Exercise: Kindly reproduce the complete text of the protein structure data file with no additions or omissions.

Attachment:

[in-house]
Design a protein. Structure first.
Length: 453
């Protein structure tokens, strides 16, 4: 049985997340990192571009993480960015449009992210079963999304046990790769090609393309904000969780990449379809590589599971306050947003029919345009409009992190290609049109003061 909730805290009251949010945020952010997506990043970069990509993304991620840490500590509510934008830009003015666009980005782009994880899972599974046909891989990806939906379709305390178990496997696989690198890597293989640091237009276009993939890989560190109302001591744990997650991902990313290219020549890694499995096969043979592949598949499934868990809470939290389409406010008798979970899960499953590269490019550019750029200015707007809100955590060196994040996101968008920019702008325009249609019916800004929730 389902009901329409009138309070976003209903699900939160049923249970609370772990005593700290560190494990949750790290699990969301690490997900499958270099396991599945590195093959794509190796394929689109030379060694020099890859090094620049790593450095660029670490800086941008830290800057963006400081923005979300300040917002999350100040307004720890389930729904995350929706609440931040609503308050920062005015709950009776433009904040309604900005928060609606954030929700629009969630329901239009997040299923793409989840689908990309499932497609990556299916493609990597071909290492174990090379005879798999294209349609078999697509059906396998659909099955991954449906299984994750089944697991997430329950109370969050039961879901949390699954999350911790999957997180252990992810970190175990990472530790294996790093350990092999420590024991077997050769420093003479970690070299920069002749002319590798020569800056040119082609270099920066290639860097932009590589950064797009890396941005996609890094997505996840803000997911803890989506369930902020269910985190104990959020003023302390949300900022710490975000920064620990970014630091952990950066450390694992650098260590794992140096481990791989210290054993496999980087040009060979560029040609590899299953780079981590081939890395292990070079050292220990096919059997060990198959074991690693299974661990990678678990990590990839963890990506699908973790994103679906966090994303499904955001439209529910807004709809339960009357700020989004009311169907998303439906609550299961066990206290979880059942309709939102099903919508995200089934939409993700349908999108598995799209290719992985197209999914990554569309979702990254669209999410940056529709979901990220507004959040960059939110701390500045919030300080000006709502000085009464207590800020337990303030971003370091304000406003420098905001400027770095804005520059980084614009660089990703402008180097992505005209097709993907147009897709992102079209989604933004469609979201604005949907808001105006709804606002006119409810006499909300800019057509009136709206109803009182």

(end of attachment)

[in-house]
Design a protein. Structure first.
Length: 453
């Protein structure tokens, strides 16, 4: 049985997340990192571009993480960015449009992210079963999304046990790769090609393309904000969780990449379809590589599971306050947003029919345009409009992190290609049109003061 909730805290009251949010945020952010997506990043970069990509993304991620840490500590509510934008830009003015666009980005782009994880899972599974046909891989990806939906379709305390178990496997696989690198890597293989640091237009276009993939890989560190109302001591744990997650991902990313290219020549890694499995096969043979592949598949499934868990809470939290389409406010008798979970899960499953590269490019550019750029200015707007809100955590060196994040996101968008920019702008325009249609019916800004929730 389902009901329409009138309070976003209903699900939160049923249970609370772990005593700290560190494990949750790290699990969301690490997900499958270099396991599945590195093959794509190796394929689109030379060694020099890859090094620049790593450095660029670490800086941008830290800057963006400081923005979300300040917002999350100040307004720890389930729904995350929706609440931040609503308050920062005015709950009776433009904040309604900005928060609606954030929700629009969630329901239009997040299923793409989840689908990309499932497609990556299916493609990597071909290492174990090379005879798999294209349609078999697509059906396998659909099955991954449906299984994750089944697991997430329950109370969050039961879901949390699954999350911790999957997180252990992810970190175990990472530790294996790093350990092999420590024991077997050769420093003479970690070299920069002749002319590798020569800056040119082609270099920066290639860097932009590589950064797009890396941005996609890094997505996840803000997911803890989506369930902020269910985190104990959020003023302390949300900022710490975000920064620990970014630091952990950066450390694992650098260590794992140096481990791989210290054993496999980087040009060979560029040609590899299953780079981590081939890395292990070079050292220990096919059997060990198959074991690693299974661990990678678990990590990839963890990506699908973790994103679906966090994303499904955001439209529910807004709809339960009357700020989004009311169907998303439906609550299961066990206290979880059942309709939102099903919508995200089934939409993700349908999108598995799209290719992985197209999914990554569309979702990254669209999410940056529709979901990220507004959040960059939110701390500045919030300080000006709502000085009464207590800020337990303030971003370091304000406003420098905001400027770095804005520059980084614009660089990703402008180097992505005209097709993907147009897709992102079209989604933004469609979201604005949907808001105006709804606002006119409810006499909300800019057509009136709206109803009182």